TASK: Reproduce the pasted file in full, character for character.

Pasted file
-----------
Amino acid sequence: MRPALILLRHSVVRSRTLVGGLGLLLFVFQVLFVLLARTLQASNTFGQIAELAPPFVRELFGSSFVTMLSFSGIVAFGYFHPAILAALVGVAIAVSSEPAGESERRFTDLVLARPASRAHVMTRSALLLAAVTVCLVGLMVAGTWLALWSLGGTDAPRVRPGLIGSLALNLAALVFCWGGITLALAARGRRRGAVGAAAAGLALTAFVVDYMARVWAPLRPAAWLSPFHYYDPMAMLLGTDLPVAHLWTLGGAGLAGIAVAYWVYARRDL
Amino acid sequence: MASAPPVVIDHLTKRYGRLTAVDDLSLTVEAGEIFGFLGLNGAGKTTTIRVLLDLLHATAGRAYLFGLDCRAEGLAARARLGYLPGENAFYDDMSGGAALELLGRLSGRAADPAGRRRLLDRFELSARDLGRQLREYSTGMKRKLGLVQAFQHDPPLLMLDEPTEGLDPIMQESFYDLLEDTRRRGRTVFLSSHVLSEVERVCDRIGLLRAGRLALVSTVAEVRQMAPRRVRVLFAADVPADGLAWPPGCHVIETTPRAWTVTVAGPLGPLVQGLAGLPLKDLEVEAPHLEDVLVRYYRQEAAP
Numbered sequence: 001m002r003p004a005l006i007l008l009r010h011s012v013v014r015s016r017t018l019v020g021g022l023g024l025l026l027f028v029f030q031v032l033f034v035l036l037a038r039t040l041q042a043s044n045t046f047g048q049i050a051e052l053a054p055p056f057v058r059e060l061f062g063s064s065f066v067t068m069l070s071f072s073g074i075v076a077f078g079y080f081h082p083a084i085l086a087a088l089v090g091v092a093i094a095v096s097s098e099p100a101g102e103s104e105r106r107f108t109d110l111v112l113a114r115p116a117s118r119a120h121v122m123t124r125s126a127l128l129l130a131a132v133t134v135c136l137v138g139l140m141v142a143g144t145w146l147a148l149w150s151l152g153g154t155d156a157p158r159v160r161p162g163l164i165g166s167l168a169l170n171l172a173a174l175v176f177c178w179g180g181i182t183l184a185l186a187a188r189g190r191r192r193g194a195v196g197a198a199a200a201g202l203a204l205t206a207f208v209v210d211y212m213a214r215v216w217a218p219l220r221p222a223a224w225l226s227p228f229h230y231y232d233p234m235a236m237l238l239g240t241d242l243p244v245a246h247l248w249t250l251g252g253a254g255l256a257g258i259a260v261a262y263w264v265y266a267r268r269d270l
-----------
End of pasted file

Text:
Amino acid sequence: MRPALILLRHSVVRSRTLVGGLGLLLFVFQVLFVLLARTLQASNTFGQIAELAPPFVRELFGSSFVTMLSFSGIVAFGYFHPAILAALVGVAIAVSSEPAGESERRFTDLVLARPASRAHVMTRSALLLAAVTVCLVGLMVAGTWLALWSLGGTDAPRVRPGLIGSLALNLAALVFCWGGITLALAARGRRRGAVGAAAAGLALTAFVVDYMARVWAPLRPAAWLSPFHYYDPMAMLLGTDLPVAHLWTLGGAGLAGIAVAYWVYARRDL
Amino acid sequence: MASAPPVVIDHLTKRYGRLTAVDDLSLTVEAGEIFGFLGLNGAGKTTTIRVLLDLLHATAGRAYLFGLDCRAEGLAARARLGYLPGENAFYDDMSGGAALELLGRLSGRAADPAGRRRLLDRFELSARDLGRQLREYSTGMKRKLGLVQAFQHDPPLLMLDEPTEGLDPIMQESFYDLLEDTRRRGRTVFLSSHVLSEVERVCDRIGLLRAGRLALVSTVAEVRQMAPRRVRVLFAADVPADGLAWPPGCHVIETTPRAWTVTVAGPLGPLVQGLAGLPLKDLEVEAPHLEDVLVRYYRQEAAP
Numbered sequence: 001m002r003p004a005l006i007l008l009r010h011s012v013v014r015s016r017t018l019v020g021g022l023g024l025l026l027f028v029f030q031v032l033f034v035l036l037a038r039t040l041q042a043s044n045t046f047g048q049i050a051e052l053a054p055p056f057v058r059e060l061f062g063s064s065f066v067t068m069l070s071f072s073g074i075v076a077f078g079y080f081h082p083a084i085l086a087a088l089v090g091v092a093i094a095v096s097s098e099p100a101g102e103s104e105r106r107f108t109d110l111v112l113a114r115p116a117s118r119a120h121v122m123t124r125s126a127l128l129l130a131a132v133t134v135c136l137v138g139l140m141v142a143g144t145w146l147a148l149w150s151l152g153g154t155d156a157p158r159v160r161p162g163l164i165g166s167l168a169l170n171l172a173a174l175v176f177c178w179g180g181i182t183l184a185l186a187a188r189g190r191r192r193g194a195v196g197a198a199a200a201g202l203a204l205t206a207f208v209v210d211y212m213a214r215v216w217a218p219l220r221p222a223a224w225l226s227p228f229h230y231y232d233p234m235a236m237l238l239g240t241d242l243p244v245a246h247l248w249t250l251g252g253a254g255l256a257g258i259a260v261a262y263w264v265y266a267r268r269d270l